I have read with interest the reactions to the Competition and Markets Authority’s report on the future of audit from of my campaigning accountants colleagues Prem Sikka and Atul Shah.
Prem, in the Guardian, argues that the CMA plan will not solve the problems. He defined that problem as:
What do BHS, Carillion, Conviviality, Quindell, Aero Inventory, the Co-op Bank, and London and Capital Finance have in common? They were all audited by the big four accountancy firms — PwC, KPMG, EY and Deloitte — which audit 97% of FTSE 350 companies and collect 99% of audit fees. In each case, these firms collected huge fees and delivered little of any public value. Their failure to spot the fragility of those businesses resulted in the loss of jobs, savings, pensions and tax revenues.
Yet the victims of these failures have no legal recourse to seek compensation because auditors owe a “duty of care” only to the company that hires their services, not to any individual stakeholder or creditor.
And he suggested that the CMA plan to create Chinese Walls in audit firms will not solve the problem of cross-subsidisation of audit and consulting services, and so conflicts of interest. It also, he says, does not address the problem of auditor longevity in office. And, although Prem does not say it, by implication he notes that there is no change to those to whom auditors are liable, which is too limited. What he does add is that he wants more market entry from firms not controlled by auditors: I confess I am not sure I follow the logic of this unless it is to allow state-owned audit functions.
Atul Shah in the FT has more focussed arguments. First, argues that the CMA:
avoids tackling directly the monopoly power of the Big Four and the urgent need to break them up to preserve competition and independence.
And he adds:
The other major contributor to audit failure is the UK’s system of corporate governance. My research into the 2008 collapse of HBOS, the largest corporate failure in British history, shows that the bank’s board and audit committee failed to adequately question the business strategy and risk-taking or to police the quality and conduct of audits.
Most non-executive directors rarely challenge the executives they ostensibly oversee. Instead, they have become habituated to rely on auditors to provide them comfort, and the auditors have in turn relied on management.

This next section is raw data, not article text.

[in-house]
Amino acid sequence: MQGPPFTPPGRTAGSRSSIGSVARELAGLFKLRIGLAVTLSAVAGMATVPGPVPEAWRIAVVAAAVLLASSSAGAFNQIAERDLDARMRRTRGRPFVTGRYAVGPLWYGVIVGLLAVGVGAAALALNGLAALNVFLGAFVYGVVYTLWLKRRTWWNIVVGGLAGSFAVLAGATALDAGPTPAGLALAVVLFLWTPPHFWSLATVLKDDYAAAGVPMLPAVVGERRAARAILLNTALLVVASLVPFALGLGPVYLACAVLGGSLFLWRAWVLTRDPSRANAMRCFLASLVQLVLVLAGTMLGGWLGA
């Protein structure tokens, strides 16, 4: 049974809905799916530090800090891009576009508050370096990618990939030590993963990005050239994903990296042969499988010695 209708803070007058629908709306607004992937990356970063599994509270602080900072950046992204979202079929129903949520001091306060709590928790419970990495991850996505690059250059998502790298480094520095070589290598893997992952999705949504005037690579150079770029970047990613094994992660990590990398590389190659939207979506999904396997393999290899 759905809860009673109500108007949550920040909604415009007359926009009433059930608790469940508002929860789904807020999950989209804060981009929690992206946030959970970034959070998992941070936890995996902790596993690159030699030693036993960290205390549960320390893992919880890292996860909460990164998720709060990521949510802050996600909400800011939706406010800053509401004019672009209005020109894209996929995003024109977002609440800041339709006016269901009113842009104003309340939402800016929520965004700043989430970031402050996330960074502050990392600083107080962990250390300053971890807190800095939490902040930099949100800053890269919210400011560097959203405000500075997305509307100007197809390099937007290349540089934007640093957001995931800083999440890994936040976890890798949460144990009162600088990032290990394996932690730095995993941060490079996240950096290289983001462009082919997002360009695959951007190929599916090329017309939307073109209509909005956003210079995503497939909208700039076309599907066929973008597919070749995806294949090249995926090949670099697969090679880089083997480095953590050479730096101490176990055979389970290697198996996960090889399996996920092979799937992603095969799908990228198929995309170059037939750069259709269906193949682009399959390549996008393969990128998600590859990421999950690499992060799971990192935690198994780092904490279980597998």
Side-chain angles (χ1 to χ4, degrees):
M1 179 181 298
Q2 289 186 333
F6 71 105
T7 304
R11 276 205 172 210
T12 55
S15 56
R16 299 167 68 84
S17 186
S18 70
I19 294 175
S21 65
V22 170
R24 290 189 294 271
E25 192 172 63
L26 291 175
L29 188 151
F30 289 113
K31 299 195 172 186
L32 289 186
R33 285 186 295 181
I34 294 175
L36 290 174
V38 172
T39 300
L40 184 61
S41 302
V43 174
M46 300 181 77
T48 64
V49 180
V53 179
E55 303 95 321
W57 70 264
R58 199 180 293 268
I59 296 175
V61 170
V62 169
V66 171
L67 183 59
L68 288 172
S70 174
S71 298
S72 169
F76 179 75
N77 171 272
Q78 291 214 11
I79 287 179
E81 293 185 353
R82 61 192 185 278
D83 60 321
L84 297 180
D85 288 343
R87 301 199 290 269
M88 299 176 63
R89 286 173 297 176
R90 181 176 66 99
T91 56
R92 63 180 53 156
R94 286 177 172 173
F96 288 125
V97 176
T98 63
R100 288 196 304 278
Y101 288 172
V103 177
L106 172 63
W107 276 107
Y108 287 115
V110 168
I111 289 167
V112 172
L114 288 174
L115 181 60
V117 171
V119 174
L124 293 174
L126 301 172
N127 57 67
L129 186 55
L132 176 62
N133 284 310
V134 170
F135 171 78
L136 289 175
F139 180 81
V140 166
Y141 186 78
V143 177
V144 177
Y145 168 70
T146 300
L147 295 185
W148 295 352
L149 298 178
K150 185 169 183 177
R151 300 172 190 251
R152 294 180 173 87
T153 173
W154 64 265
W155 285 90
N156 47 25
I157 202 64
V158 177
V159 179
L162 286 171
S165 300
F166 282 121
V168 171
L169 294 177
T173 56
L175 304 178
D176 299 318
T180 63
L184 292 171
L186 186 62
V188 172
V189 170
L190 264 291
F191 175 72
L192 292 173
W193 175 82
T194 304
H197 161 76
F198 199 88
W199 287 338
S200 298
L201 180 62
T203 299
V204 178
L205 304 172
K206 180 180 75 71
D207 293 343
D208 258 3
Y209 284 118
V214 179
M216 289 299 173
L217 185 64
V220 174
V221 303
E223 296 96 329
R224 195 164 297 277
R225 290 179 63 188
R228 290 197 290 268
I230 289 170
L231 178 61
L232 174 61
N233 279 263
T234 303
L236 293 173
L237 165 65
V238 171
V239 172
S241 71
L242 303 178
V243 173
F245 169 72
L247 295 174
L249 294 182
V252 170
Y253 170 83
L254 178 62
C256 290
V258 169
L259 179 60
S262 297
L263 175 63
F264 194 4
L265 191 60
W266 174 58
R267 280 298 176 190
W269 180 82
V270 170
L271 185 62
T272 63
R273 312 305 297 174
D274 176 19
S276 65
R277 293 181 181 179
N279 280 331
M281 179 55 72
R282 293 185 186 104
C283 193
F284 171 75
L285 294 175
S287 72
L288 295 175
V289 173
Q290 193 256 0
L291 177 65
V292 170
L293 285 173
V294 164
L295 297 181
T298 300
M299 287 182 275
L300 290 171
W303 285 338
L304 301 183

Everyone has been far too comfortable for far too long, and this CMA review does not change that in the slightest.
I mentioned when the CMA report came out that I was pleased there had been no backsliding by it: I had seriously expected it to back away from the demand it had made for Chinese Walls in the Big 4 and for joint audit. It did not. That amazed me, so great was the lobbying pressure on it. As a result I took comfort from that. And I still do. It makes me think that a line has been drawn which, I presume, will be defended. But it is, off course, worth asking whether the line is in the right place.
Let me be clear, I wanted the Big 4 to be split. No Chinese Walls. Split.
And I wanted greater audit rotation.
And support for the idea that a state agency could undertake audit when those in the market would not do so. Just as the state is lender of last resort and rail franchise operator of last resort the least we should have permitted was the idea that it be auditor of last resort as well.
And those did not happen. So I share the disappointment and frustration of Prem and Atul. But I would go further. I happen to think audit reform is meaningless without changing the content of accounts themselves. An audit of the wrong data is still going to fail, whoever does it. Hence the Corporate Accountability Network. And governance is not going to change until the statutory duty of companies changes to embrace all shareholders, with liability to them becoming a fact. So whatever happened I was going to be disappointed, because the reform required goes much further in my view than those mentioned by Prem and Atul.
But that leaves me a question, which is whether or not the reforms proposed by the CMA and criticised by Prem and Atul will work. I do not think they will.
I may be quite wrong, but if the CMA has withstood the pressure to impose Chinese Walls I suspect they intend to make them real. So, no cross working; no cross-subsidy; no shared finance; no data transfers; and so on. If this regulation is as tough as it should be the firms will split anyway. And that can happen in the UK in isolation because of the absurd corporate structure of these firms: they are not international entities when it suits them not to be so on this, so let’s call them out and enforce this now. I think Prem and Atul (and I) will get the desired total split by the back door.
What I do think is that the smaller firms simply won’t want the joint audits. There is little in them to their advantage I suspect. So that won’t work.
And the clamour for deeper reform will continue as audit failures continue to amass - as they will, since accounts really do report the wrong information right now.
Of course I’d have liked this to have been done well. But maybe the profession has to realise that only radical change will work anyway. The CMA’s half-hearted version won’t. I suspect it will be enacted. I then think it will become apparent that it is undeliverable. And that is when radical reform will happen. And frustrating as it is, this may have been necessary.
The argument for fundamental reform - including to accounting as well as auditing - goes on in other words.